Review 2013

end of year review of personal and professional performanceIt’s the end of another year, a perfect time for looking back at your personal performance and conducting a comprehensive review of 2013. I encourage you to invest time to evaluate how you measured up against your most important Vital Factors (i.e., family, job, health, etc.). Take stock of what worked and what didn’t, making sure to follow the MAP principle of writing down what you discover. Wherever you fell short, list possible corrective actions to address those issues or pitfalls in the upcoming year. Also look ahead to what 2014 holds for you, determine what you want to accomplish, and set solid goals to help make it happen. Approach this activity as an investment in your future, entering 2014 with a plan for personal and professional success.

Carve out the time. Hard as it may be amid all your holiday busyness at home as well as year-end business at work, it’s really important to set aside an hour or two to go through this exercise. A discipline that’s designed to bring you clarity on your past as well as your future, this year-end review provides closure for what’s happened and positions you both mentally and logistically for what’s to come.

Pick the right place. To get the best perspective on your professional and personal performance, step away from those environments and choose a place to do this exercise that’s free of interruptions, distractions or bias. My suggestion is to head to a coffee shop or quiet spot in your local library where you likely won’t bump into people you know and can immerse yourself for a couple of hours in your self-review.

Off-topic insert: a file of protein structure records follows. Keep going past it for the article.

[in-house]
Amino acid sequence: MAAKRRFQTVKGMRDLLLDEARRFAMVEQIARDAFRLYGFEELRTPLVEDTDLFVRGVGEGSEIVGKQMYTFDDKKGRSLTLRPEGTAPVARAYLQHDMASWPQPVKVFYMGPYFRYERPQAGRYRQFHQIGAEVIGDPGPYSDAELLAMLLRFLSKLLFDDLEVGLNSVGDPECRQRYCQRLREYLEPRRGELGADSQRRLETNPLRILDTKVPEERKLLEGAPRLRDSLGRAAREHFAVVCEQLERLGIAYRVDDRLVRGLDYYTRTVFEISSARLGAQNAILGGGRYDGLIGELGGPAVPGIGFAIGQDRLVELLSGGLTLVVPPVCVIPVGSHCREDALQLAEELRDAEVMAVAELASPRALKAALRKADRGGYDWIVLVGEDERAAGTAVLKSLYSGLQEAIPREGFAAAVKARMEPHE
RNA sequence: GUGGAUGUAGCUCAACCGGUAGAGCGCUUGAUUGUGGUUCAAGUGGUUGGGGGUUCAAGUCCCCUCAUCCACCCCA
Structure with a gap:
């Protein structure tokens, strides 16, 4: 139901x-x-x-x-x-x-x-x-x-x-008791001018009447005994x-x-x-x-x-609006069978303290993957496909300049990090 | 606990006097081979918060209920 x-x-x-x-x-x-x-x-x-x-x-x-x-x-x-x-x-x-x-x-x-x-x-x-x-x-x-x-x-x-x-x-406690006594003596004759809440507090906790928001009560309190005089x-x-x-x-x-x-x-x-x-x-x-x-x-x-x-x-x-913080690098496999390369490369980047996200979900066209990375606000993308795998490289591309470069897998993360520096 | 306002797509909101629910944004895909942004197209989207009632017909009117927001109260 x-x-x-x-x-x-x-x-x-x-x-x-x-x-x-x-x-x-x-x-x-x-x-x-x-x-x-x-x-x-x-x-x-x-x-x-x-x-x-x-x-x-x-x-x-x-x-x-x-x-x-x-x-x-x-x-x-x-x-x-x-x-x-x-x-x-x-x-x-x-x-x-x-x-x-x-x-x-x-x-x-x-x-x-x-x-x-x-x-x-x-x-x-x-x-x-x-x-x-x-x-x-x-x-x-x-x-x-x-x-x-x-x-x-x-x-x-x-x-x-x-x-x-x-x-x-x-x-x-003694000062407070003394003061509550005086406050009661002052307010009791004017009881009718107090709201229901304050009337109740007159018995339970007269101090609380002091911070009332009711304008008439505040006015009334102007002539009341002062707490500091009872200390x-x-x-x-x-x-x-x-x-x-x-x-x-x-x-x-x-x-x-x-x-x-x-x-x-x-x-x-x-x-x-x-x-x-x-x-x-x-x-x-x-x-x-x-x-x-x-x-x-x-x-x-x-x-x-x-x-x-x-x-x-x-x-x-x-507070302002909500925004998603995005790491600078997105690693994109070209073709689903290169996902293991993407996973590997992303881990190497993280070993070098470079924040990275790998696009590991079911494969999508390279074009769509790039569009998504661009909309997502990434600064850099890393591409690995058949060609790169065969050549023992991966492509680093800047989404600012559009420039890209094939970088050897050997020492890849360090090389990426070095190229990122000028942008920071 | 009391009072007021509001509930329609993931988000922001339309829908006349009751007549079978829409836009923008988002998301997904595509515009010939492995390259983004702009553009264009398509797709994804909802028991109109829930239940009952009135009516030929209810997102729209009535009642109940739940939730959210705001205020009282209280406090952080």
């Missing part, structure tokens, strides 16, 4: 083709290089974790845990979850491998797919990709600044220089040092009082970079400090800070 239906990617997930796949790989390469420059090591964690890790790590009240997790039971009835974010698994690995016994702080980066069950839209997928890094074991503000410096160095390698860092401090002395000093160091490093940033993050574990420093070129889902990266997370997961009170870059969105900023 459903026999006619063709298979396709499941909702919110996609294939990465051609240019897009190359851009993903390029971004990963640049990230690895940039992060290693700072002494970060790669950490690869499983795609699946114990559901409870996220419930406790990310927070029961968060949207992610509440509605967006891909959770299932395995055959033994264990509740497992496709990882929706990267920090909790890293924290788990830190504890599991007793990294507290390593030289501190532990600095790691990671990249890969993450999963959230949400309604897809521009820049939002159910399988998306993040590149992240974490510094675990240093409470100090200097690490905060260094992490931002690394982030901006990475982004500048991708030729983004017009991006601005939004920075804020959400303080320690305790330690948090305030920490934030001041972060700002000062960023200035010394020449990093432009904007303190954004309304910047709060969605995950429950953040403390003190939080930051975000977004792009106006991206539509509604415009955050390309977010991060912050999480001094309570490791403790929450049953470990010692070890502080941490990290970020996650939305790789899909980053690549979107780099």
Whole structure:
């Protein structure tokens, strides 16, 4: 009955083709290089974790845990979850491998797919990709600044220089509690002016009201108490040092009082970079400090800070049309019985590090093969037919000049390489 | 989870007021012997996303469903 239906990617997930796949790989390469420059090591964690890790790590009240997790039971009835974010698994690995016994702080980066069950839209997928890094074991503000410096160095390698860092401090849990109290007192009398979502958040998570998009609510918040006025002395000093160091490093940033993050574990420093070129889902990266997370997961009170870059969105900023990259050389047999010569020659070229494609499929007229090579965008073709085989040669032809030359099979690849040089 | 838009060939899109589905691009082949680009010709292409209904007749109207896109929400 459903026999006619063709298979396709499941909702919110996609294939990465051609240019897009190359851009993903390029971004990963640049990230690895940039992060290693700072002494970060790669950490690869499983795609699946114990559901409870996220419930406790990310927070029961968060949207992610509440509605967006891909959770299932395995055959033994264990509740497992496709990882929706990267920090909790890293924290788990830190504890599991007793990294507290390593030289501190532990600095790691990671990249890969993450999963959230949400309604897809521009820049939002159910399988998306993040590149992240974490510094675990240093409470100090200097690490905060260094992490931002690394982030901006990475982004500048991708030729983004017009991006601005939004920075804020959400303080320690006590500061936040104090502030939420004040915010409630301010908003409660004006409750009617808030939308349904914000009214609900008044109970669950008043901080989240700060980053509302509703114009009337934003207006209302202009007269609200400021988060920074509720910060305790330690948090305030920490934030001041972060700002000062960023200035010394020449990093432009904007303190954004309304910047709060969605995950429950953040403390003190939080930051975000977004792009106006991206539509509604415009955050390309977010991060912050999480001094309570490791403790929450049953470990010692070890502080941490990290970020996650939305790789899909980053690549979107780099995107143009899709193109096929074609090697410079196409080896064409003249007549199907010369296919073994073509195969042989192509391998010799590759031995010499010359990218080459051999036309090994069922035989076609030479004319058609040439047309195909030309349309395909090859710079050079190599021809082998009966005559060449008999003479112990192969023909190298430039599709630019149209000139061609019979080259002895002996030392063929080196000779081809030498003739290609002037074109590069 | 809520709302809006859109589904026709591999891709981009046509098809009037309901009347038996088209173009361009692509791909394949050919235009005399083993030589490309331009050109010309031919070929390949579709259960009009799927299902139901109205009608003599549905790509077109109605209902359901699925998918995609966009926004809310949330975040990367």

Write down lessons learned. List your Vital Factors, both relative to your job and your personal life. Next to each Vital Factor, write down how you measured up. If you fell short with any of those on your list, think about and then write down the reasons why, including any key positive or painful lessons learned. Now write down the relative corrective actions that you feel will enable your success this year. Assign a timeline to the corrective actions and establish strategies to hold yourself accountable, e.g., sharing your review and corrective-action plan with a trusted friend or mentor. Most importantly, as you wrap up this exercise, make a commitment to revisit this review on a monthly basis for 15 minutes or so. These monthly check-ins will become a regular discipline, enabling you to contemplate your challenges, dilemmas, accomplishments, questions or anything else that’s tied to those goals you’ve set for the year. This simple, yet powerful awareness, plus the practice of regularly accessing where you’re at relative to those goals, will help accelerate your personal and professional motivation while enabling you to shift any gears or make whatever adjustments are necessary to effectively fuel and sustain your success.

What are some examples of corrective action you plan to take relative to any lessons learned from 2013?


​ The Disciplined Leader

What do the best leaders have in common? The answer is one word: Discipline. A disciplined leader is one who identifies and focuses on the Vital Few: the 20% of activities that will drive 80% of the results. Learn More

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